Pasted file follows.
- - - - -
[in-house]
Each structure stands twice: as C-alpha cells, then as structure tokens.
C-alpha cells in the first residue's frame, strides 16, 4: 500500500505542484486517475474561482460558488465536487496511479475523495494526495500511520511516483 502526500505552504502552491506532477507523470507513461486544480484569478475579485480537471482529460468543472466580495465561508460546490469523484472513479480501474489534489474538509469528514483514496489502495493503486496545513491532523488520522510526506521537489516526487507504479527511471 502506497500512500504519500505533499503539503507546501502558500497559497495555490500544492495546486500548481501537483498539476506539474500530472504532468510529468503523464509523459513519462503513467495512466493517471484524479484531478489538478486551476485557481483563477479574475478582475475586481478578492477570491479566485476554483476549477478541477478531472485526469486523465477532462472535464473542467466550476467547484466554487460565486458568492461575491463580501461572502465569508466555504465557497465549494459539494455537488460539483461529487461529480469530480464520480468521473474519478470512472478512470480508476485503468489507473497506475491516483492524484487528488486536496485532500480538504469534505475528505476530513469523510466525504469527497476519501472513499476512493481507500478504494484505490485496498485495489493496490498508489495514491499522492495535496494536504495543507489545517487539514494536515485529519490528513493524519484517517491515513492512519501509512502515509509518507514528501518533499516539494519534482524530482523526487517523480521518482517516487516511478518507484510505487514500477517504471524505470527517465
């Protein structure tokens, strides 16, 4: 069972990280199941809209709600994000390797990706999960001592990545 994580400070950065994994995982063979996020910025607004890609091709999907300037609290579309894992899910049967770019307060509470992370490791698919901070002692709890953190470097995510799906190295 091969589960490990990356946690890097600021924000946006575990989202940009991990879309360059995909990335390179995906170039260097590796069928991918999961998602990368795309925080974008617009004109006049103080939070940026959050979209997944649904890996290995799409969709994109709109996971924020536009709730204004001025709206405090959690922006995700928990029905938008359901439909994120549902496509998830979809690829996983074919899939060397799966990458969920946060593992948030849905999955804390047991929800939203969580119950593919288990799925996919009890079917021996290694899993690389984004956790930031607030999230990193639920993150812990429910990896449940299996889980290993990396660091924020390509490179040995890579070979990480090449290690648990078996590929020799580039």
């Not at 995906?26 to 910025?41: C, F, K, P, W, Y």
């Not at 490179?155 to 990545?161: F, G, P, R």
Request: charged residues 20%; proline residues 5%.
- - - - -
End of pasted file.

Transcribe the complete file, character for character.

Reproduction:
[in-house]
Each structure stands twice: as C-alpha cells, then as structure tokens.
C-alpha cells in the first residue's frame, strides 16, 4: 500500500505542484486517475474561482460558488465536487496511479475523495494526495500511520511516483 502526500505552504502552491506532477507523470507513461486544480484569478475579485480537471482529460468543472466580495465561508460546490469523484472513479480501474489534489474538509469528514483514496489502495493503486496545513491532523488520522510526506521537489516526487507504479527511471 502506497500512500504519500505533499503539503507546501502558500497559497495555490500544492495546486500548481501537483498539476506539474500530472504532468510529468503523464509523459513519462503513467495512466493517471484524479484531478489538478486551476485557481483563477479574475478582475475586481478578492477570491479566485476554483476549477478541477478531472485526469486523465477532462472535464473542467466550476467547484466554487460565486458568492461575491463580501461572502465569508466555504465557497465549494459539494455537488460539483461529487461529480469530480464520480468521473474519478470512472478512470480508476485503468489507473497506475491516483492524484487528488486536496485532500480538504469534505475528505476530513469523510466525504469527497476519501472513499476512493481507500478504494484505490485496498485495489493496490498508489495514491499522492495535496494536504495543507489545517487539514494536515485529519490528513493524519484517517491515513492512519501509512502515509509518507514528501518533499516539494519534482524530482523526487517523480521518482517516487516511478518507484510505487514500477517504471524505470527517465
């Protein structure tokens, strides 16, 4: 069972990280199941809209709600994000390797990706999960001592990545 994580400070950065994994995982063979996020910025607004890609091709999907300037609290579309894992899910049967770019307060509470992370490791698919901070002692709890953190470097995510799906190295 091969589960490990990356946690890097600021924000946006575990989202940009991990879309360059995909990335390179995906170039260097590796069928991918999961998602990368795309925080974008617009004109006049103080939070940026959050979209997944649904890996290995799409969709994109709109996971924020536009709730204004001025709206405090959690922006995700928990029905938008359901439909994120549902496509998830979809690829996983074919899939060397799966990458969920946060593992948030849905999955804390047991929800939203969580119950593919288990799925996919009890079917021996290694899993690389984004956790930031607030999230990193639920993150812990429910990896449940299996889980290993990396660091924020390509490179040995890579070979990480090449290690648990078996590929020799580039």
């Not at 995906?26 to 910025?41: C, F, K, P, W, Y």
């Not at 490179?155 to 990545?161: F, G, P, R």
Request: charged residues 20%; proline residues 5%.